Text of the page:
Sometimes you see a picture or video on Twitter, YouTube or Facebook and you're just not sure whether to trust it. What if there was a company out there that specialized in verifying the accuracy of these things? For an innovative business model, couldn't that company then provide those visuals to traditional global media outlets, who could publish them with confidence?
That's what a five-year-old Irish startup called Storyful does. It sells verified content to the likes of the New York Times, the BBC, the Wall Street Journal and Al Jazeera, calling itself "the world's first social news agency."
Media mogul Rupert Murdoch liked the idea so much that he bought the company.
The octogenarian boss of News Corp., the Wall Street Journal, the New York Post, Fox News, 21st Century Fox and the U.K.'s Sun and Times newspapers picked up Dublin-based Storyful
for $25 million. The Guardian reported
"Storyful has become the village square for valuable video, using journalistic sensibility, integrity and creativity to find, authenticate and commercialise user-generated content," said Robert Thomson, News Corp chief executive. "Through this acquisition, we can extend the village square across borders, languages and platforms."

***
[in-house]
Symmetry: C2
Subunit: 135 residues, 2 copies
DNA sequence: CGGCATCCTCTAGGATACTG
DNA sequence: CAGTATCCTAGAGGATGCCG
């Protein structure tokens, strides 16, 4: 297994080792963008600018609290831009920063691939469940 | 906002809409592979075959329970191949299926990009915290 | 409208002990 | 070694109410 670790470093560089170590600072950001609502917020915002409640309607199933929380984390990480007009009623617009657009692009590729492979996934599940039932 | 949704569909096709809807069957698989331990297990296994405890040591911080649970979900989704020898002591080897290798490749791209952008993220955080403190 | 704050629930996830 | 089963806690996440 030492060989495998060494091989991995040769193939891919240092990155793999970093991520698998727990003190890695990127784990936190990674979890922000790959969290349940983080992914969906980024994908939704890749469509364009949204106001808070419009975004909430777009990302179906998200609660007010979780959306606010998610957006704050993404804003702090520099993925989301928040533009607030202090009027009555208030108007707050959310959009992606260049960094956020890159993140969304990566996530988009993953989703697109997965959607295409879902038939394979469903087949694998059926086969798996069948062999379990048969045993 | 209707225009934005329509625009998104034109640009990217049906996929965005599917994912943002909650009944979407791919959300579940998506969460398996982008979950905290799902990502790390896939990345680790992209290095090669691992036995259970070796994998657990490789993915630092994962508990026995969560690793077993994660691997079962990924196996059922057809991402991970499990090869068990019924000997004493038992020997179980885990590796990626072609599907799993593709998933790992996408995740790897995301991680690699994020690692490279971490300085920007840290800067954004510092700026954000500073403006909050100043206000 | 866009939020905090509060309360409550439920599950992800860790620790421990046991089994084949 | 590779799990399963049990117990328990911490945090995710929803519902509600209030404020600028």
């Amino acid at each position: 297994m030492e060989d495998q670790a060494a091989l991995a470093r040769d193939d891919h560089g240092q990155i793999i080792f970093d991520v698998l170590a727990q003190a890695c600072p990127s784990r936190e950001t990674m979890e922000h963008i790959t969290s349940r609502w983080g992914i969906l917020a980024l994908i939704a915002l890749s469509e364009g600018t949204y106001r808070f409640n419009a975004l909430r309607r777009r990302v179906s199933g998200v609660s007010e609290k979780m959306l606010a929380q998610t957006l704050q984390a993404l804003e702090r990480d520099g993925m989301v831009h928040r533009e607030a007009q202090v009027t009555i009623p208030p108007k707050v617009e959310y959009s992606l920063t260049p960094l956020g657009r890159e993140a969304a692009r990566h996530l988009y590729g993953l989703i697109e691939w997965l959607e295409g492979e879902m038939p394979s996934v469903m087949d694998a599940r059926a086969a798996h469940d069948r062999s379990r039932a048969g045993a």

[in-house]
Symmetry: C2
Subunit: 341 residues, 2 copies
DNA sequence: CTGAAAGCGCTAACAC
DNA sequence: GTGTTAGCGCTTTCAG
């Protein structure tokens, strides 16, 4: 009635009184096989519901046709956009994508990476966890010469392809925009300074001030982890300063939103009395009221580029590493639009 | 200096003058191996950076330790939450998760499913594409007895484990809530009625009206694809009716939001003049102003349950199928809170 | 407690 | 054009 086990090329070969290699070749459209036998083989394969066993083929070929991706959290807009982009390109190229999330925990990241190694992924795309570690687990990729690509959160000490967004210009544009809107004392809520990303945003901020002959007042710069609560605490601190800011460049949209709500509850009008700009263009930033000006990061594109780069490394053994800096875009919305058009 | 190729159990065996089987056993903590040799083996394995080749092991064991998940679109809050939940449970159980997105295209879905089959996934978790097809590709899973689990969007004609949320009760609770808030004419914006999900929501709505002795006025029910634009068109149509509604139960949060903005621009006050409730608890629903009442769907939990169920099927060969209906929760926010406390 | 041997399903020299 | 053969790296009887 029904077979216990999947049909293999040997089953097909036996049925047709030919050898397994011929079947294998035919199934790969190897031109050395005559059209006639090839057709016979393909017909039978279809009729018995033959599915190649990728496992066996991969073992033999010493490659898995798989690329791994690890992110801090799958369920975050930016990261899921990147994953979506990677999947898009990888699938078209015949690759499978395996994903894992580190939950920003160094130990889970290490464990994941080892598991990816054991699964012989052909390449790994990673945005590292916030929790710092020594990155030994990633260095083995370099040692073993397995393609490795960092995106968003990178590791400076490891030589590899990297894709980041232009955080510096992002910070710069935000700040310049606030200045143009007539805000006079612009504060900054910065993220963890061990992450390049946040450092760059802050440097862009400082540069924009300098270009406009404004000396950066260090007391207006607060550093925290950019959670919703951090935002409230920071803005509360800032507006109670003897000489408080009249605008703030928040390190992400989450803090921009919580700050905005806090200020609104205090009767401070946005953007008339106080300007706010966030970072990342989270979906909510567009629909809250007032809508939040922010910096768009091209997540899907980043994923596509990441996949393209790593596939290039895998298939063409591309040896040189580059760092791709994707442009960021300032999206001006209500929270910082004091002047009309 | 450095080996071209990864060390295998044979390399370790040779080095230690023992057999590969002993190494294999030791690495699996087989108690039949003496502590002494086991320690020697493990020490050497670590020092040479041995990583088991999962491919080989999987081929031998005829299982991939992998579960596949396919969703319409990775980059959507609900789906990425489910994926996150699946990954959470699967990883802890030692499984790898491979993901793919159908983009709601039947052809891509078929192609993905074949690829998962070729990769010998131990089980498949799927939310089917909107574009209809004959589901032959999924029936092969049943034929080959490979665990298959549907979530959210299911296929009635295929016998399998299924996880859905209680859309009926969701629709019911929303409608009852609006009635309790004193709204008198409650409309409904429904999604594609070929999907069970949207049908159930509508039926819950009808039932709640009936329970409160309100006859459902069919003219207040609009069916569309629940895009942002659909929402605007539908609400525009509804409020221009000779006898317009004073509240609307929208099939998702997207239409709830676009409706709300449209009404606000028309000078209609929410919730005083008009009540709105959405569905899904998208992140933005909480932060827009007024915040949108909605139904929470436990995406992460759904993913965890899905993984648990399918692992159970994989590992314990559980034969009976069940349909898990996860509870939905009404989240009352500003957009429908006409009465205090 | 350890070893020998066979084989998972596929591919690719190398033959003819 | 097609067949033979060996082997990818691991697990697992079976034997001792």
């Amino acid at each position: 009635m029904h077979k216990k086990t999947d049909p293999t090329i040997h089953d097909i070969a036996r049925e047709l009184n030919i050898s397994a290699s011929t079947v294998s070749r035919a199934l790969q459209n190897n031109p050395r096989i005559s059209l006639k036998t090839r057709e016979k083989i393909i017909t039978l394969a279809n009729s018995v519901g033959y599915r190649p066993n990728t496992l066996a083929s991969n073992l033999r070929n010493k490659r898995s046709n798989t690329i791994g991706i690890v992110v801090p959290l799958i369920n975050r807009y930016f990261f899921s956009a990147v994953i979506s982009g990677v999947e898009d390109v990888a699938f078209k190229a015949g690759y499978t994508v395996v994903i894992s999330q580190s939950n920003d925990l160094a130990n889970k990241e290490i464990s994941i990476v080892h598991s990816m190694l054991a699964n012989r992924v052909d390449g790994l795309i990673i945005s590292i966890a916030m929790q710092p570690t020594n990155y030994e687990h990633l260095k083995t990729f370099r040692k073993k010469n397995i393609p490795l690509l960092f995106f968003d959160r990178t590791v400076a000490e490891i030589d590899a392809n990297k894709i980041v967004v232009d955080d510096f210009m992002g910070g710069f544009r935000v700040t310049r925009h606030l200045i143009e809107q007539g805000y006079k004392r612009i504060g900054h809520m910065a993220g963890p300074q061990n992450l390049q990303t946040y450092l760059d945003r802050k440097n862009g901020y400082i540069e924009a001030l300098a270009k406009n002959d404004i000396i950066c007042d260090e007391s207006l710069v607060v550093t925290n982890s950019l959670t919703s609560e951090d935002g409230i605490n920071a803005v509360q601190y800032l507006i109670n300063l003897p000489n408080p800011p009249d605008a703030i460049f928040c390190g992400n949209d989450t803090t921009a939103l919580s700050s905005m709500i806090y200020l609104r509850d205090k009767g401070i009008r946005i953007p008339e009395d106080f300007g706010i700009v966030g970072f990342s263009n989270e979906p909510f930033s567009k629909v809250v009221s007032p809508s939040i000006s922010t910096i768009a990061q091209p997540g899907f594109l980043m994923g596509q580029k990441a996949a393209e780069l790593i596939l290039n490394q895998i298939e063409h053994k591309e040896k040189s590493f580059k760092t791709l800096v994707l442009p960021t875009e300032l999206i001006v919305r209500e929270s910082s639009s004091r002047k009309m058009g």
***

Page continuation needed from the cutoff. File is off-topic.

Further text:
Murdoch has had a checkered record in new media. He incurred a big loss on MySpace, the wudda-been cudda-been social media company that lost out to rivals like Facebook, when he sold it for $35 million in 2011 after acquiring it for $580 million in 2005.
As Wired notes
, traditional media in general has often struggled with its new media acquisitions, such as Time Warner's infamous $160 billion acquisition of AOL in 2000. It's been nearly 14 years since that one. I think the old guys are a little wiser about how to make it all work. Murdoch's pickup of Storyful looks like a decent bet, although Storyful, as part of the Murdoch stable, could now find it tricky selling to non-Murdoch horses.
If only there was a way to verify it will succeed.
Cover photo is from Eva Rinaldi via Wikimedia